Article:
Until the deal closes, Catalent will operate as a standalone business. After it closes, Novo Nordisk said it will honor its customer obligations at the three sites, a spokesperson said. But they didn’t answer a question about what happens when those contracts expire.

The wrinkle is the long-term future of the three plants that Novo Nordisk is paying for. Those sites don’t exclusively pump out Wegovy, but that could be the logical long-term aim for the Danish drugmaker.

The ideal scenario is that pricing and timelines remain the same for customers, said Nicole Paulk, CEO of the gene therapy startup Siren Biotechnology.

Nicole Paulk

“The name of the group that you’re going to send your check to is now going to be Novo Holdings instead of Catalent, but otherwise everything remains the same,” Paulk told Endpoints. “That’s the best-case scenario.”

In a worst case, Paulk said she feared the new owners could wind up closing sites or laying off Catalent groups. That could create some uncertainty for customers looking for a long-term manufacturing partner.

Are shareholders and regulators happy? 

The pandemic was a wild ride for Catalent’s stock, with shares surging from about $40 to $140 and then crashing back to earth. The $63.50 share price for the takeover is a happy ending depending on the investor.

On that point, the investing giant Elliott Investment Management is satisfied. Marc Steinberg, a partner at Elliott, called the agreement “an outstanding outcome” that “clearly maximizes value for Catalent stockholders” in a statement.

Elliott helped kick off a strategic review last August that culminated in the sale agreement. Compared to Catalent’s stock price before that review started, the deal pays a nearly 40% premium.

Alessandro Maselli

But this is hardly a victory lap for CEO Alessandro Maselli, who took over in July 2022 when Catalent’s stock price was north of $100. Novo’s takeover is a tacit acknowledgment that Maselli could never fully right the ship, as operational problems plagued the company throughout 2023 while it was limited by its debt.

Additional regulatory filings in the next few weeks could give insight into just how competitive the sale process was. William Blair analysts said they don’t expect a competing bidder “given the organic investments already being pursued at other leading CDMOs and the breadth and scale of Catalent’s operations.”

The Blair analysts also noted the companies likely “expect to spend some time educating relevant government agencies” about the deal, given the lengthy closing timeline. Given Novo Nordisk’s ascent — it’s now one of Europe’s most valuable companies — paired with the limited number of large contract manufacturers, antitrust regulators could be interested in taking a close look.

Are Catalent’s problems finally a thing of the past?

Catalent ran into a mix of financial and operational problems over the past year that played no small part in attracting the interest of an activist like Elliott.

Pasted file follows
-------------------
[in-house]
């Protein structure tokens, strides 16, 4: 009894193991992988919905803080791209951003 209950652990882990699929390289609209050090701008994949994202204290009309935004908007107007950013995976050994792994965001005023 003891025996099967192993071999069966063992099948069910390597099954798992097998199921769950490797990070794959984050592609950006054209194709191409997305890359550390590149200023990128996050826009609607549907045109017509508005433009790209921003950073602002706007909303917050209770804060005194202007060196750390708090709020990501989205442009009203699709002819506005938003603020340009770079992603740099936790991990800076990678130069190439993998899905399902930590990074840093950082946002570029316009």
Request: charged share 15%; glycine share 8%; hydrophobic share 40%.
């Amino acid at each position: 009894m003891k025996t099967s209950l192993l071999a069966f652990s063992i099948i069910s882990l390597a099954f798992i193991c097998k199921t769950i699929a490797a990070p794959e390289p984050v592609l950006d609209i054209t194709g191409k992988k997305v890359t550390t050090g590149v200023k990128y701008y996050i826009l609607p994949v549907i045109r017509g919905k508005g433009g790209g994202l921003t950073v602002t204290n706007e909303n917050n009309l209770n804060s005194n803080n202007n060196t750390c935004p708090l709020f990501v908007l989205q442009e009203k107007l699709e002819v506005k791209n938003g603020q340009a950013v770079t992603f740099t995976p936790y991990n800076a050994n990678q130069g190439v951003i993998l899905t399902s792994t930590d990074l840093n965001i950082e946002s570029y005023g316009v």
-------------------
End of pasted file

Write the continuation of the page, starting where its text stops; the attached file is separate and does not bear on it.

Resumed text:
Now with a deal in place, how quickly can Novo rectify those problems? Some of the challenges were driven by the demands of being a publicly traded company, like failing to meet investors’ revenue expectations or even filing earnings reports on time.

But Catalent also struggled with its business at times, with a range of manufacturing delays, inspection reports and occasionally writing down acquisitions that didn’t pan out. Novo’s deep pockets will go a long way to a turnaround, but only the future will tell if all these issues are fixed.

Kutay said his team is excited by the opportunity and was satisfied with the due diligence it did on the company.

“We believe we’re buying a strong company with a good management team and good prospects,” Kutay said. “If that wasn’t the case, I don’t think we’d be here.”

Amber Tong and Reynald Castañeda contributed reporting.

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Petrina Kamya, Ph.D., Head of AI Platforms at Insilico Medicine, presents at BIO CEO & Investor Conference

Petrina Kamya, PhD, Head of AI Platforms and President of Insilico Medicine Canada, will present at the BIO CEO & Investor Conference happening Feb….

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Petrina Kamya, PhD, Head of AI Platforms and President of Insilico Medicine Canada, will present at the BIO CEO & Investor Conference happening Feb. 26-27 at the New York Marriott Marquis in New York City. Dr. Kamya will speak as part of the panel “AI within Biopharma: Separating Value from Hype,” on Feb. 27, 1pm ET along with Michael Nally, CEO of Generate: Biomedicines and Liz Schwarzbach, PhD, CBO of BigHat Biosciences.

Credit: Insilico Medicine

Petrina Kamya, PhD, Head of AI Platforms and President of Insilico Medicine Canada, will present at the BIO CEO & Investor Conference happening Feb. 26-27 at the New York Marriott Marquis in New York City. Dr. Kamya will speak as part of the panel “AI within Biopharma: Separating Value from Hype,” on Feb. 27, 1pm ET along with Michael Nally, CEO of Generate: Biomedicines and Liz Schwarzbach, PhD, CBO of BigHat Biosciences.

The session will look at how the latest artificial intelligence (AI) tools – including generative AI and large language models – are currently being used to advance the discovery and design of new drugs, and which technologies are still in development. 

The BIO CEO & Investor Conference brings together over 1,000 attendees and more than 700 companies across industry and institutional investment to discuss the future investment landscape of biotechnology. Sessions focus on topics such as therapeutic advancements, market outlook, and policy priorities.